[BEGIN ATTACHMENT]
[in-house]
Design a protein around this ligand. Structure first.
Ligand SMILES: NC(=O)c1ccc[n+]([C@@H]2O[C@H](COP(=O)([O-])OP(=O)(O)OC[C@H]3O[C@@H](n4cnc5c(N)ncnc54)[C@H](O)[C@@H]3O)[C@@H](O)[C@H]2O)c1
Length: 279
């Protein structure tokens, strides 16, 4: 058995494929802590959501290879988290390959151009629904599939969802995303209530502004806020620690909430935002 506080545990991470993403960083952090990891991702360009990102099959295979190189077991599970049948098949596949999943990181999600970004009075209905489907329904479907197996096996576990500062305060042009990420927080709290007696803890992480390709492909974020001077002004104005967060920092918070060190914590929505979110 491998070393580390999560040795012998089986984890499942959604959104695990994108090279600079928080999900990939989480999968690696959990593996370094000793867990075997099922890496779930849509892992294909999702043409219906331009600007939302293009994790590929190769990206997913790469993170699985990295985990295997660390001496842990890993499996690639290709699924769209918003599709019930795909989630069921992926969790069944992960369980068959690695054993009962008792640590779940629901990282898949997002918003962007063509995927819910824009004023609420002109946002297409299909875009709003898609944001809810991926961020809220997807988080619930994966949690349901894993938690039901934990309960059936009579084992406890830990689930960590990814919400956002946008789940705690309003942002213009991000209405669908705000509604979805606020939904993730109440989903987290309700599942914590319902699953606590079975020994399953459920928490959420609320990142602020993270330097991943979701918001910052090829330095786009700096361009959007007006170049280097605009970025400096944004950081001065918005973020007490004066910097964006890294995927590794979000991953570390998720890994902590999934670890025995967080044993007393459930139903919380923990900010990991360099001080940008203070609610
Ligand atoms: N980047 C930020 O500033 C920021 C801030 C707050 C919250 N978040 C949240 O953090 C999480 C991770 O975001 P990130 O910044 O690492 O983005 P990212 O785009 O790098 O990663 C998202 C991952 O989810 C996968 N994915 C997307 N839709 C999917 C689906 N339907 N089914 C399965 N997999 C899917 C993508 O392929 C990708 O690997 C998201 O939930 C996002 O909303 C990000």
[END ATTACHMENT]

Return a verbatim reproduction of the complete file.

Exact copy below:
[in-house]
Design a protein around this ligand. Structure first.
Ligand SMILES: NC(=O)c1ccc[n+]([C@@H]2O[C@H](COP(=O)([O-])OP(=O)(O)OC[C@H]3O[C@@H](n4cnc5c(N)ncnc54)[C@H](O)[C@@H]3O)[C@@H](O)[C@H]2O)c1
Length: 279
């Protein structure tokens, strides 16, 4: 058995494929802590959501290879988290390959151009629904599939969802995303209530502004806020620690909430935002 506080545990991470993403960083952090990891991702360009990102099959295979190189077991599970049948098949596949999943990181999600970004009075209905489907329904479907197996096996576990500062305060042009990420927080709290007696803890992480390709492909974020001077002004104005967060920092918070060190914590929505979110 491998070393580390999560040795012998089986984890499942959604959104695990994108090279600079928080999900990939989480999968690696959990593996370094000793867990075997099922890496779930849509892992294909999702043409219906331009600007939302293009994790590929190769990206997913790469993170699985990295985990295997660390001496842990890993499996690639290709699924769209918003599709019930795909989630069921992926969790069944992960369980068959690695054993009962008792640590779940629901990282898949997002918003962007063509995927819910824009004023609420002109946002297409299909875009709003898609944001809810991926961020809220997807988080619930994966949690349901894993938690039901934990309960059936009579084992406890830990689930960590990814919400956002946008789940705690309003942002213009991000209405669908705000509604979805606020939904993730109440989903987290309700599942914590319902699953606590079975020994399953459920928490959420609320990142602020993270330097991943979701918001910052090829330095786009700096361009959007007006170049280097605009970025400096944004950081001065918005973020007490004066910097964006890294995927590794979000991953570390998720890994902590999934670890025995967080044993007393459930139903919380923990900010990991360099001080940008203070609610
Ligand atoms: N980047 C930020 O500033 C920021 C801030 C707050 C919250 N978040 C949240 O953090 C999480 C991770 O975001 P990130 O910044 O690492 O983005 P990212 O785009 O790098 O990663 C998202 C991952 O989810 C996968 N994915 C997307 N839709 C999917 C689906 N339907 N089914 C399965 N997999 C899917 C993508 O392929 C990708 O690997 C998201 O939930 C996002 O909303 C990000």